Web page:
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ARS Home » Northeast Area » Wyndmoor, Pennsylvania » Eastern Regional Research Center » Molecular Characterization of Foodborne Pathogens Research » Research » Publications at this Location » Publication #325316

Research Project: Shiga Toxin-Producing Escherichia coli in Biofilms and within Microbial Communities in Food

Location: Molecular Characterization of Foodborne Pathogens Research

Title: Combined detection and strain typing of Yersinia enterocolitica directly from pork and poultry enrichments

item EDLIND, TOM - Microbitype Llc
item Paoli, George
item Brewster, Jeffrey

Submitted to: Meeting Abstract
Publication Type: Abstract Only
Publication Acceptance Date: 3/15/2016
Publication Date: 8/2/2016
Citation: Edlind, T., Paoli, G., Brewster, J.D. 2016. Combined detection and strain typing of Yersinia enterocolitica directly from pork and poultry enrichments. Meeting Abstract. [abstract]International Association for Food Protection.

Interpretive Summary:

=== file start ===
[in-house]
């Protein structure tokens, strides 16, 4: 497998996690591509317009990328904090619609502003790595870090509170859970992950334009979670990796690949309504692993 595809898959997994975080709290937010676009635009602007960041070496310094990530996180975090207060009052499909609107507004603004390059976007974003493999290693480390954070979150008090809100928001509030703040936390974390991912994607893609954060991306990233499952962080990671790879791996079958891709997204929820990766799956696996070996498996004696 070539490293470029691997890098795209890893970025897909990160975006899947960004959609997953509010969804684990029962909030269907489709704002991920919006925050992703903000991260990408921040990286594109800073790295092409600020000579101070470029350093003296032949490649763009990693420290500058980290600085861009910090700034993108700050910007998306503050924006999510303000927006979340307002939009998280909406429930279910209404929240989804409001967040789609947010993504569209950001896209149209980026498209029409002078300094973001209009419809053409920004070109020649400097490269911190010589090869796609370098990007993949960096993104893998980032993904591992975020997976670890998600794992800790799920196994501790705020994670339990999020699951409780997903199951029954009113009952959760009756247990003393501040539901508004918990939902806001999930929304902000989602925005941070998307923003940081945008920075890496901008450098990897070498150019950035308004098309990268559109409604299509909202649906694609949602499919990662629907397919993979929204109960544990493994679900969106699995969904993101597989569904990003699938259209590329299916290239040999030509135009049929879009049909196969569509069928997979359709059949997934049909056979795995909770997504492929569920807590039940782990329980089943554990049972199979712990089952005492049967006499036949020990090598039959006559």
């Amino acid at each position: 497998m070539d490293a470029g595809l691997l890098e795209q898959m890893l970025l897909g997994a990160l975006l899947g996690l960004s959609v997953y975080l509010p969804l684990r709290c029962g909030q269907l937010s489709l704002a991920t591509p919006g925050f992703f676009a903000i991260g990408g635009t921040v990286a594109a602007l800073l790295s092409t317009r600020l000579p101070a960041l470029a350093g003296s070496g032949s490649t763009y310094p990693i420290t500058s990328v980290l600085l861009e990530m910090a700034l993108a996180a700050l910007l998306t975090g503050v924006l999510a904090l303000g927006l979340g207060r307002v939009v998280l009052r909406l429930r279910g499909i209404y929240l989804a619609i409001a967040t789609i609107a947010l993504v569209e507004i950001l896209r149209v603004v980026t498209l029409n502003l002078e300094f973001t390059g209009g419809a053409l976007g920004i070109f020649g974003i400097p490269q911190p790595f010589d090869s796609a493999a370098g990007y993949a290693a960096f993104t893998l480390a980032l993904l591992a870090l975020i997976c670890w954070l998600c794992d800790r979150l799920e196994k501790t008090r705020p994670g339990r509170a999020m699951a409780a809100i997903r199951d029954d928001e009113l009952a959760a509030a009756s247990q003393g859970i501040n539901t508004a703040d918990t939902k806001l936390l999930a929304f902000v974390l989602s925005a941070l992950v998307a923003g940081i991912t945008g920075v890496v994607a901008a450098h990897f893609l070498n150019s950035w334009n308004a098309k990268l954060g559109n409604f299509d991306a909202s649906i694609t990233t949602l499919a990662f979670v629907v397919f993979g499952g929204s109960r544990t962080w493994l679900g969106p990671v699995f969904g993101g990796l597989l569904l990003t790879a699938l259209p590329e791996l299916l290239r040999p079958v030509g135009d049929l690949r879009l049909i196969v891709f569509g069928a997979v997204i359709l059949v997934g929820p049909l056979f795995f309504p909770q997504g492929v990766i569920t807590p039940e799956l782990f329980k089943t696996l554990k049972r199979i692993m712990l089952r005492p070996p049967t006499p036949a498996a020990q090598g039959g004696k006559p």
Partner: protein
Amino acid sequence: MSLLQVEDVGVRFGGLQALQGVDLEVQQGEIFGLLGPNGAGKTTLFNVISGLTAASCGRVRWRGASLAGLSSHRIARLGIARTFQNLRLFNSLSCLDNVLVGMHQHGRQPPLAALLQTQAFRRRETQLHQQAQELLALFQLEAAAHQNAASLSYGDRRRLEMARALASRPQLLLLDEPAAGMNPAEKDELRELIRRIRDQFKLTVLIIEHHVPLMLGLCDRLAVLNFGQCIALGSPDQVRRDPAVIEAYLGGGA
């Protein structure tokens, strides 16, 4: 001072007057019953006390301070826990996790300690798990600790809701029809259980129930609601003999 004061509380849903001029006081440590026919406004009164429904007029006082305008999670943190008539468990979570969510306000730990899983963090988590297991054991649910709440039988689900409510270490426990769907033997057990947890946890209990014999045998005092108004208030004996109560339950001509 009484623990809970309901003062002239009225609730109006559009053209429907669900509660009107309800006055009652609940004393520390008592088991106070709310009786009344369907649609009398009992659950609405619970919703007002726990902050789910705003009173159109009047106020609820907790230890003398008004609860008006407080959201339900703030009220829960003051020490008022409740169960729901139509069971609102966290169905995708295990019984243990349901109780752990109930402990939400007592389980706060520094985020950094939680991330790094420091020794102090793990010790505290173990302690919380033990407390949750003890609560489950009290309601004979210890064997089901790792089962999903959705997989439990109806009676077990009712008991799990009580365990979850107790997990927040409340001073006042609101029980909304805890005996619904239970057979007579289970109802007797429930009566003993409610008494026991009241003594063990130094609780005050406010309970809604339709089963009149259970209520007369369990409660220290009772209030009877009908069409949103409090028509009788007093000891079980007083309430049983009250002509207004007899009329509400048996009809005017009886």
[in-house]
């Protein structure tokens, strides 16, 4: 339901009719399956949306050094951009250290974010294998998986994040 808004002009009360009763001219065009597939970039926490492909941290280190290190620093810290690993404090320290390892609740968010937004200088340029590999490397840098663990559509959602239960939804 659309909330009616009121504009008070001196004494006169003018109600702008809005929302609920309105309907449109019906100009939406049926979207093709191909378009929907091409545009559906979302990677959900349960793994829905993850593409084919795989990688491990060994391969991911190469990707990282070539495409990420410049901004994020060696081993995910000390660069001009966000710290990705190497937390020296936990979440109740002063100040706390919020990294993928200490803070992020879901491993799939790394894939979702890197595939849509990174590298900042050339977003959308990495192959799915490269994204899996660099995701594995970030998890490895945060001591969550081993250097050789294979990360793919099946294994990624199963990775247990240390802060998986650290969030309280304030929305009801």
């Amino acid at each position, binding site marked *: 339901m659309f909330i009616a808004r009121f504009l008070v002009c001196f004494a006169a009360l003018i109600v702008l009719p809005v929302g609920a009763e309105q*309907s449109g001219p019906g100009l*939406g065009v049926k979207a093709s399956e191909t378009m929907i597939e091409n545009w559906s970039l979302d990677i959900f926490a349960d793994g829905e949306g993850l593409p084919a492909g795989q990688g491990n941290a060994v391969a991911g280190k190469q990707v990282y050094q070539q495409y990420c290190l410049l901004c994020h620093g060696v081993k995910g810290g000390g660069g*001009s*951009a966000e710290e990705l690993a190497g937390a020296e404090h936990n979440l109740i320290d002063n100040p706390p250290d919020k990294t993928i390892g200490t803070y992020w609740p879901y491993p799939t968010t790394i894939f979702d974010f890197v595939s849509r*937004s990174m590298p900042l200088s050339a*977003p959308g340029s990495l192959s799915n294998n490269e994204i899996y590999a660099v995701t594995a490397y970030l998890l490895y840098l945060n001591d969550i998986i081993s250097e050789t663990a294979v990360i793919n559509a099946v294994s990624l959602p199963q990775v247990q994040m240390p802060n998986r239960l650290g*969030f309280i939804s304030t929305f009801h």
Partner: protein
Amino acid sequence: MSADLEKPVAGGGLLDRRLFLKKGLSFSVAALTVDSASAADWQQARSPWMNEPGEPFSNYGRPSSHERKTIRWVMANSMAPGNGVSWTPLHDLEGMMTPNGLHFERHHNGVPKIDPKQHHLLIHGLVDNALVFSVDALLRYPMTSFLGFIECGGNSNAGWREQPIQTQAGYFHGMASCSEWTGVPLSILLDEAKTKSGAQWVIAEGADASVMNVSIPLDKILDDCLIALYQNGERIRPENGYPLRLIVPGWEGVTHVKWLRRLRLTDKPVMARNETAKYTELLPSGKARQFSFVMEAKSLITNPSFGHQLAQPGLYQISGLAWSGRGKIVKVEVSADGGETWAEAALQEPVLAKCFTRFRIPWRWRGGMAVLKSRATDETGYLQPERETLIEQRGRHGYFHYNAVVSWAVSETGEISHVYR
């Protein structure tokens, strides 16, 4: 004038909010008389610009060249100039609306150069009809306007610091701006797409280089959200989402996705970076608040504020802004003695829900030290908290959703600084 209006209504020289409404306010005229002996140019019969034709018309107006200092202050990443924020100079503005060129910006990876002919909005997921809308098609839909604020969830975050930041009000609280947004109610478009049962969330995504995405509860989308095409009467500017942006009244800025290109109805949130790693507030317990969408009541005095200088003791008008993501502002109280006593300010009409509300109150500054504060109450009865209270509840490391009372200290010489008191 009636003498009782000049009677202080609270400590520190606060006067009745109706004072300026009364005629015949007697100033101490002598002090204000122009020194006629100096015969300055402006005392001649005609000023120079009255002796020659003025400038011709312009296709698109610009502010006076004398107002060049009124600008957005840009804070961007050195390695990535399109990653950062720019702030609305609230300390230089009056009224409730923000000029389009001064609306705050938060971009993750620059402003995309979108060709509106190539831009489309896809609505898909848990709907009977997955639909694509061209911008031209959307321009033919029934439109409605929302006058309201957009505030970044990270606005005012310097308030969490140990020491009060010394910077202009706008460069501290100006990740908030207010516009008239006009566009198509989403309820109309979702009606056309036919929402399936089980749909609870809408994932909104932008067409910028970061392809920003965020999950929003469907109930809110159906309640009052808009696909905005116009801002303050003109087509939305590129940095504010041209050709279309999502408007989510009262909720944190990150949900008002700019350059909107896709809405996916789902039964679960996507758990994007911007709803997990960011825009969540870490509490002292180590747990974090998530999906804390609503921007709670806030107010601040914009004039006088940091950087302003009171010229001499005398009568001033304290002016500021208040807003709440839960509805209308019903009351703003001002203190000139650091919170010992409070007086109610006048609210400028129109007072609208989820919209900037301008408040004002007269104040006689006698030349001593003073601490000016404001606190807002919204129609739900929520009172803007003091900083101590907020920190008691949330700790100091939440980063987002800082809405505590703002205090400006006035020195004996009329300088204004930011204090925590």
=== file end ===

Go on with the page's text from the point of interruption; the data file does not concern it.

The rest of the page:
Technical Abstract: Introduction: Yersinia enterocolitica is responsible for an estimated 98,000 cases of foodborne illness per year in the U.S. causing both intestinal and extraintestinal diseases. Its prevalence in retail pork and poultry, believed to the primary sources of these infections, ranges widely from 0 to 69%. Conventional screening of food samples for this pathogen is problematic, requiring enrichment for 48 h or more in specialized media followed by isolation and speciation. Futhermore, Y. enterocolitica strains vary in their virulence, with serogroups O:3, O:8, O:9, and O:5,27 (of > 60 total) most commonly associated with human disease. Purpose: There is considerable need for a Y. enterocolitica combined detection/typing system that provides expedient, epidemiologically useful information at moderate cost. Methods: We recently developed a novel approach to characterizing Salmonella, STEC, and Listeria strains directly from poultry and beef enrichment cultures. This enrichment, amplification, and sequence-based typing (EAST) approach was extended to Y. enterocolitica by targeting two polymorphic tandem-repeat containing loci, YeMT1 and YeMT2. Results: Sequence analyses of 130 NCBI database strains yielded Simpson’s diversity indexes of 0.97 and 0.96, respectively, for these loci. Cluster analyses of these sequences further showed that YeMT typing was largely congruent with serotype. Application of YeMT-EAST to Y. enterocolitica-inoculated ground pork enrichments prepared as per FSIS guidelines (48 h in ITC medium) demonstrated that 104 CFU/ml or less (after enrichment) were sufficient for detection and typing. Initial studies with uninoculated ground pork and turkey enrichments revealed contamination with strains that cluster with previously characterized human fecal isolates. YeMT-EAST was subsequently tested with uninoculated retail chicken parts using conventional enrichment conditions (24 h in BPW medium); surprisingly, 10 of 11 samples (91%) were positive. However, cluster analysis suggests that most of these contaminants represent less pathogenic strains. Significance: YeMT-EAST represents a potentially important new tool for investigating Y. enterocolitica epidemiology.